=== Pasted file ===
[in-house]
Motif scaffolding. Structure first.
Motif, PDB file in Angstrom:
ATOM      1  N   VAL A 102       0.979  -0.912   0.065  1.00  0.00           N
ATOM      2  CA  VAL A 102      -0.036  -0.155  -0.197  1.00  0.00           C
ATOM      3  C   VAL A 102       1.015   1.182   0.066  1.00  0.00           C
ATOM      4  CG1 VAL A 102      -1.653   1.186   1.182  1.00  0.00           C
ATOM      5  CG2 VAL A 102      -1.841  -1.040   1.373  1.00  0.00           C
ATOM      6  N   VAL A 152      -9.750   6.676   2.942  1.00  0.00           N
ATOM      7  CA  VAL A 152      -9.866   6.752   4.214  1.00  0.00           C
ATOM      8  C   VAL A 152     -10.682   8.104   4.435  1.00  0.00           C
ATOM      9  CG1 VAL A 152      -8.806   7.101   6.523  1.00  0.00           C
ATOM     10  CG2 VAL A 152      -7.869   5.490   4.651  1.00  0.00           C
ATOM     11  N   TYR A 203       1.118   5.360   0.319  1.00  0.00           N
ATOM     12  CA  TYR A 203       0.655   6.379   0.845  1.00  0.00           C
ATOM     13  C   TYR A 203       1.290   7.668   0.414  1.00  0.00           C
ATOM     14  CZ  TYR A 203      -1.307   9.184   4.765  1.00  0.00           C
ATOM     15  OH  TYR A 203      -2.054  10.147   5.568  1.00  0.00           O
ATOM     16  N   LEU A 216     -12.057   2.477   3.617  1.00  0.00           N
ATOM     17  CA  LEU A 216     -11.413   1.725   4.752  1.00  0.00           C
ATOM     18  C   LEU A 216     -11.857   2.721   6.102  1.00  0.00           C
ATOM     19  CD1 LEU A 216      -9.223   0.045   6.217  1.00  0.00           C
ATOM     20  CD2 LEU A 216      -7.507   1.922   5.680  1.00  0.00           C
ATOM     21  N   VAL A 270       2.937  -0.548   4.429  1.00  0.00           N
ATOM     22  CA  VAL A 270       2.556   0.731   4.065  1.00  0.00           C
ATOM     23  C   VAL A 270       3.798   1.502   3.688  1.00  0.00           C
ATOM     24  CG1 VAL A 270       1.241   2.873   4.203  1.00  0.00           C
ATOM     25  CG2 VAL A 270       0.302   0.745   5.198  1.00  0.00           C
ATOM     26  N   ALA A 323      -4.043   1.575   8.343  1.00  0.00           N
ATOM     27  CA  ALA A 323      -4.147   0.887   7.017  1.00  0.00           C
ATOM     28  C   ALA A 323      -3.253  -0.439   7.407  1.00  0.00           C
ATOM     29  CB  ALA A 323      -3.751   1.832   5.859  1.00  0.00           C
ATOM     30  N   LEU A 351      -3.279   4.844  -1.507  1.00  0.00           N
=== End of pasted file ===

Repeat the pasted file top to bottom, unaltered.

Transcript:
[in-house]
Motif scaffolding. Structure first.
Motif, PDB file in Angstrom:
ATOM      1  N   VAL A 102       0.979  -0.912   0.065  1.00  0.00           N
ATOM      2  CA  VAL A 102      -0.036  -0.155  -0.197  1.00  0.00           C
ATOM      3  C   VAL A 102       1.015   1.182   0.066  1.00  0.00           C
ATOM      4  CG1 VAL A 102      -1.653   1.186   1.182  1.00  0.00           C
ATOM      5  CG2 VAL A 102      -1.841  -1.040   1.373  1.00  0.00           C
ATOM      6  N   VAL A 152      -9.750   6.676   2.942  1.00  0.00           N
ATOM      7  CA  VAL A 152      -9.866   6.752   4.214  1.00  0.00           C
ATOM      8  C   VAL A 152     -10.682   8.104   4.435  1.00  0.00           C
ATOM      9  CG1 VAL A 152      -8.806   7.101   6.523  1.00  0.00           C
ATOM     10  CG2 VAL A 152      -7.869   5.490   4.651  1.00  0.00           C
ATOM     11  N   TYR A 203       1.118   5.360   0.319  1.00  0.00           N
ATOM     12  CA  TYR A 203       0.655   6.379   0.845  1.00  0.00           C
ATOM     13  C   TYR A 203       1.290   7.668   0.414  1.00  0.00           C
ATOM     14  CZ  TYR A 203      -1.307   9.184   4.765  1.00  0.00           C
ATOM     15  OH  TYR A 203      -2.054  10.147   5.568  1.00  0.00           O
ATOM     16  N   LEU A 216     -12.057   2.477   3.617  1.00  0.00           N
ATOM     17  CA  LEU A 216     -11.413   1.725   4.752  1.00  0.00           C
ATOM     18  C   LEU A 216     -11.857   2.721   6.102  1.00  0.00           C
ATOM     19  CD1 LEU A 216      -9.223   0.045   6.217  1.00  0.00           C
ATOM     20  CD2 LEU A 216      -7.507   1.922   5.680  1.00  0.00           C
ATOM     21  N   VAL A 270       2.937  -0.548   4.429  1.00  0.00           N
ATOM     22  CA  VAL A 270       2.556   0.731   4.065  1.00  0.00           C
ATOM     23  C   VAL A 270       3.798   1.502   3.688  1.00  0.00           C
ATOM     24  CG1 VAL A 270       1.241   2.873   4.203  1.00  0.00           C
ATOM     25  CG2 VAL A 270       0.302   0.745   5.198  1.00  0.00           C
ATOM     26  N   ALA A 323      -4.043   1.575   8.343  1.00  0.00           N
ATOM     27  CA  ALA A 323      -4.147   0.887   7.017  1.00  0.00           C
ATOM     28  C   ALA A 323      -3.253  -0.439   7.407  1.00  0.00           C
ATOM     29  CB  ALA A 323      -3.751   1.832   5.859  1.00  0.00           C
ATOM     30  N   LEU A 351      -3.279   4.844  -1.507  1.00  0.00           N